NEW DELHI: By making all existing and future government as well as commercial buildings in the country energy efficient in the next few years and use the saved electricity to light up poor homes and energise irrigation pumps the power ministry has set its sights on achieving an estimated Rs 35,000 crore annual savings.
To push application of energy efficient lighting and appliances, the government is aiming to achieve this goal, through the Energy Conservation Building Code-2017, framed by the Bureau of Energy Efficiency under the ministry and using Energy Efficiency Services Ltd.
According to government estimates, by reducing power consumption for lighting and air-conditioning in these buildings, retrofitting of existing buildings with energy efficient lights, appliances and other initiatives has the potential of saving nearly 30-40 billion units annually.
In accordance with the energy code designing new buildings is estimated to achieve a reduction of another 300 billion units in power consumption each year by 2030.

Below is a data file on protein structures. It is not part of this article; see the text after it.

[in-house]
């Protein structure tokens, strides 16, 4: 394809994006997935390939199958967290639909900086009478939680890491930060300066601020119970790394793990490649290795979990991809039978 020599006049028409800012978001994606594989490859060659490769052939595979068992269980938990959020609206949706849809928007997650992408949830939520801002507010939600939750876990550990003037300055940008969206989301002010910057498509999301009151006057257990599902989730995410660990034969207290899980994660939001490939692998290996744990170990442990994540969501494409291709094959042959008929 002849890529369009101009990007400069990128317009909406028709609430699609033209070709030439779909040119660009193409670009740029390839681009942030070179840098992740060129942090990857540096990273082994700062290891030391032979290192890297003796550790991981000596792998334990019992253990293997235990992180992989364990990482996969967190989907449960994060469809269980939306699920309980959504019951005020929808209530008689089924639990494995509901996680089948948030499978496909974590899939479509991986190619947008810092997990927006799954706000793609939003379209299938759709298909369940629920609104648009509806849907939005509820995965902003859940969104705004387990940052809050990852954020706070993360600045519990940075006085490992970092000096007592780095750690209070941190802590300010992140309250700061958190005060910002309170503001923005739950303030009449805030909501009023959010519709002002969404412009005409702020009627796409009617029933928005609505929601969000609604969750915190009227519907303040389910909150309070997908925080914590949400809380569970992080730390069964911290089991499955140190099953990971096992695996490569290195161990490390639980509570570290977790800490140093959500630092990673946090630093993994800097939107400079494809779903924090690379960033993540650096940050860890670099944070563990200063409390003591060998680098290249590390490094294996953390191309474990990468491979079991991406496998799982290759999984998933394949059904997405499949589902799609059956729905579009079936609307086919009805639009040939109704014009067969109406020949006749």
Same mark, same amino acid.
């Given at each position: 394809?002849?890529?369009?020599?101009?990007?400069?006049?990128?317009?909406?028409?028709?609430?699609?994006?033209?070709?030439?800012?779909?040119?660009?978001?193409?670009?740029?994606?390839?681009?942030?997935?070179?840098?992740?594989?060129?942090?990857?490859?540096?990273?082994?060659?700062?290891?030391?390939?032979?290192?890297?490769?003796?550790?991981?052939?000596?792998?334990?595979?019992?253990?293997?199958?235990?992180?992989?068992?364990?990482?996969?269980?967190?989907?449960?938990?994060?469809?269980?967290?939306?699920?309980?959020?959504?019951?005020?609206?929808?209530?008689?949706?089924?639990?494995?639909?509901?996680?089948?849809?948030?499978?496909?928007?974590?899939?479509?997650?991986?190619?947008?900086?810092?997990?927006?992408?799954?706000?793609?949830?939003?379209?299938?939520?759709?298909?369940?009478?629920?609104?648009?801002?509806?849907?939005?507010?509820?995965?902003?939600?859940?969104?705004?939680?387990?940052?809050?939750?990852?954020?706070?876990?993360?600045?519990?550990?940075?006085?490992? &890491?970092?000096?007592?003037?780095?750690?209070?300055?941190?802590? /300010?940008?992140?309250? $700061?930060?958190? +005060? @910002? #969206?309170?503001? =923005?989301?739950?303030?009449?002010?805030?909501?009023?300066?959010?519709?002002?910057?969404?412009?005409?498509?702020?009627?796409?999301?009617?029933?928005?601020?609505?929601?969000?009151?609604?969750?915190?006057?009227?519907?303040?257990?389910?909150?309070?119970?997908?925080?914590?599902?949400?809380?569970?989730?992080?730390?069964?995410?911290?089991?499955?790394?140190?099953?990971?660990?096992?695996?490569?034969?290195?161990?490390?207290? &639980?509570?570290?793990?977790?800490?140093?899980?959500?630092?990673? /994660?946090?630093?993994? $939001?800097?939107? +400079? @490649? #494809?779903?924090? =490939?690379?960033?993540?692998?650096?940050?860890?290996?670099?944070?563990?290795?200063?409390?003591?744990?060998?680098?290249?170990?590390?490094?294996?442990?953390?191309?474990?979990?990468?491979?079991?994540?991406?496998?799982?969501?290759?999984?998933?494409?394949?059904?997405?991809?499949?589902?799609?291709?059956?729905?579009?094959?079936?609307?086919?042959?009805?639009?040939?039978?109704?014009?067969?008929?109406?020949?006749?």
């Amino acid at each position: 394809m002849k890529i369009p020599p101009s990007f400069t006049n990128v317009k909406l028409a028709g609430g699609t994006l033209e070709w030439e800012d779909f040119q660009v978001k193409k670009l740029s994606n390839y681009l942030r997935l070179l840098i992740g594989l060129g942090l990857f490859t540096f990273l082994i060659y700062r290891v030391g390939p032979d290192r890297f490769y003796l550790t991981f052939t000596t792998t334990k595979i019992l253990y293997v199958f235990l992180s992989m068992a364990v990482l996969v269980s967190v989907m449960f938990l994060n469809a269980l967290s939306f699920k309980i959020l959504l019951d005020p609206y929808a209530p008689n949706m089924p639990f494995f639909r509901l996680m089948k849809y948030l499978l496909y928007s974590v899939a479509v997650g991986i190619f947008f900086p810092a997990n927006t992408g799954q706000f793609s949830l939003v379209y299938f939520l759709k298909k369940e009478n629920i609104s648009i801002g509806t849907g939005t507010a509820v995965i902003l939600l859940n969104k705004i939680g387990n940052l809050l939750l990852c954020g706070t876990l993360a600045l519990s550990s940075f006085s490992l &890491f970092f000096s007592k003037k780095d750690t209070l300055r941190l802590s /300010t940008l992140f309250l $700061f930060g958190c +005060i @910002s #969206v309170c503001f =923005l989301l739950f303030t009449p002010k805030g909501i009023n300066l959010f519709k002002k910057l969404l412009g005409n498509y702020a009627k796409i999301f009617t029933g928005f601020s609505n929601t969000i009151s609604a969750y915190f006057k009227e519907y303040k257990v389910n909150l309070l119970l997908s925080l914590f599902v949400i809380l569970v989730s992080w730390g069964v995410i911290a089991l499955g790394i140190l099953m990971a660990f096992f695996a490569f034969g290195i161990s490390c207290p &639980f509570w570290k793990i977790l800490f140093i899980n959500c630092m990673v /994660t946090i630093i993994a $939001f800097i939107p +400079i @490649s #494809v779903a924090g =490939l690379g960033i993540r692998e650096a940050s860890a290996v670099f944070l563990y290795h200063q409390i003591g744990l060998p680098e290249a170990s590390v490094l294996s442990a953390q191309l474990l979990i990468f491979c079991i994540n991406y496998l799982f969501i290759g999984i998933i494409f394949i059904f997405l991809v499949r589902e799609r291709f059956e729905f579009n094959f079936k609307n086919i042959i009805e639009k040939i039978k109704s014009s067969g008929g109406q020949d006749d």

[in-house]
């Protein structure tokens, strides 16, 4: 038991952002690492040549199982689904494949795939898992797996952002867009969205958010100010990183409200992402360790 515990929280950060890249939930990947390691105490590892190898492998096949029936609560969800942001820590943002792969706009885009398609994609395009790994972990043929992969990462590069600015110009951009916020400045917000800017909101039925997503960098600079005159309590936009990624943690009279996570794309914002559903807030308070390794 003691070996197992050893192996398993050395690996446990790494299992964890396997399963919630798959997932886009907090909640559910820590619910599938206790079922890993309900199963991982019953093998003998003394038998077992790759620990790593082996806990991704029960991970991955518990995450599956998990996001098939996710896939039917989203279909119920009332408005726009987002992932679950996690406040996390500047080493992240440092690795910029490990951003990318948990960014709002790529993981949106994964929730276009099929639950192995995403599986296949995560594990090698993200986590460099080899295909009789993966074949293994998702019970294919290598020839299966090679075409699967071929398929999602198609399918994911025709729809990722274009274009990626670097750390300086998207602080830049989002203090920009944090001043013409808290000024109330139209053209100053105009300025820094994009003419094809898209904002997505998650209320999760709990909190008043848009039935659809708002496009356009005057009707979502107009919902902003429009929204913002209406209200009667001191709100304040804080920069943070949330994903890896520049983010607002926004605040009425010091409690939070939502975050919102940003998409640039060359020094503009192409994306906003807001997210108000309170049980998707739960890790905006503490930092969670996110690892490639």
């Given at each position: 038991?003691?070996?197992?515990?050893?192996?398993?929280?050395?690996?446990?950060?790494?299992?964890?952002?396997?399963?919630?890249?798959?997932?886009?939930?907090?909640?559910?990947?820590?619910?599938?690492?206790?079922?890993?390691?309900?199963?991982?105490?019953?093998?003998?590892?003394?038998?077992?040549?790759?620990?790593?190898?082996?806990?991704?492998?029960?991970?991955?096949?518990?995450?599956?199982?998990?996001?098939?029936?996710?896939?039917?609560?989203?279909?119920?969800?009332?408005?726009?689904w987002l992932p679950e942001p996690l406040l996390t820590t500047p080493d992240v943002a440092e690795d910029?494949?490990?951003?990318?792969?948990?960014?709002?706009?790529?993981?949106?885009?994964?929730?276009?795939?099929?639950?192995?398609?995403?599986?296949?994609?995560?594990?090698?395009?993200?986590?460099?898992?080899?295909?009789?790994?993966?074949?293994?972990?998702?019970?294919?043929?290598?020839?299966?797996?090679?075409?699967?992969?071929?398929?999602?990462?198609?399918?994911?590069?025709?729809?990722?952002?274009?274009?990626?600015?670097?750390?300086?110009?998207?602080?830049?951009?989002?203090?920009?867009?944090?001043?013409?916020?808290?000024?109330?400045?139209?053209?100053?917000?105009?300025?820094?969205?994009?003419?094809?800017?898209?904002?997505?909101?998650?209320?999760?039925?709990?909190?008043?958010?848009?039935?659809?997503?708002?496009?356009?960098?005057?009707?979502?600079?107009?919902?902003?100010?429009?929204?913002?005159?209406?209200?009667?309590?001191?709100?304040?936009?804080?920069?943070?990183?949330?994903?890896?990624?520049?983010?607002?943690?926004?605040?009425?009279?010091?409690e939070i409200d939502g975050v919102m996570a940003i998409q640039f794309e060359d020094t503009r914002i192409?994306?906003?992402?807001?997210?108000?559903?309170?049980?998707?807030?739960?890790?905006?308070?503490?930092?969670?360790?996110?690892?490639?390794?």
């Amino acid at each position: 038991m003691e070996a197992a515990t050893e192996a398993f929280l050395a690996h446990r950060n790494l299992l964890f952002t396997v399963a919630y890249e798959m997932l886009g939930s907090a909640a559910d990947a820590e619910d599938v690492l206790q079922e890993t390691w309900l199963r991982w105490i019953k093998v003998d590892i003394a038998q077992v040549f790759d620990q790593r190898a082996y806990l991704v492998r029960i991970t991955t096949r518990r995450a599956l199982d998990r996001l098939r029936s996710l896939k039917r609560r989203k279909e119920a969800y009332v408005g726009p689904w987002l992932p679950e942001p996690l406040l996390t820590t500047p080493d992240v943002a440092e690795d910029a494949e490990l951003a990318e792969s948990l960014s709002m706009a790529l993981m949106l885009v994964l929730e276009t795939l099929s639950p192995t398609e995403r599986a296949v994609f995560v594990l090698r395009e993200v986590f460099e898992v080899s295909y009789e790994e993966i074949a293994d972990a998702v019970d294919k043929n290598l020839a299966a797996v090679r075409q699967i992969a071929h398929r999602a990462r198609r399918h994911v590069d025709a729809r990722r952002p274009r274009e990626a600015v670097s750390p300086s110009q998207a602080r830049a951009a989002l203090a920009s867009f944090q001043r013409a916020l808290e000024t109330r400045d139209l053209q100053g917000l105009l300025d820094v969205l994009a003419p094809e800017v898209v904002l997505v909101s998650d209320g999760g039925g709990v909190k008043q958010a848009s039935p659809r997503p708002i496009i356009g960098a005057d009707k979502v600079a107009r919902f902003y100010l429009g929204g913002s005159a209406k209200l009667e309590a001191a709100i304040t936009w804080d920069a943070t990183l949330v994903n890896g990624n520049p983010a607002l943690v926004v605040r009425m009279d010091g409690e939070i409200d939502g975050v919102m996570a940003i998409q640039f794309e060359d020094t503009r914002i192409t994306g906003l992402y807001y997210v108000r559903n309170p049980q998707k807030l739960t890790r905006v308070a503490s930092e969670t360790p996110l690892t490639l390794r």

The carbon footprint is expected to reduce by these measures by 250 million tonnes a year of CO2 equivalent.
Power, coal, renewable and mines minister Piyush Goyal said after releasing the code on Monday, “How much electricity does a poor household with a fan, a few lights — and maybe we can give them a cooler — need every month? Maybe 30-40 units? Now do your math. Just imagine how many poor households can be powered free of cost; how many farmers can be given free power for their pumps from the savings.”
As primary energy demand in India has been growing at a rapid rate, rising from 450 million tonnes of oil equivalent (TOE) in 2000 to 900 million TOE in 2015, it is important to make government and commercial buildings more energy efficient. In 2030, a further increase to 1,500 million TOE is expected.
Every year, about 1,100 billion units of electricity is consumed by India. About 37% of total electricity consumption is consumed by residential and commercial buildings. As one billion square metres of new commercial buildings are expected to be added by 2030 this makes conservation an absolute imperative.
News source: realty.economictimes.in
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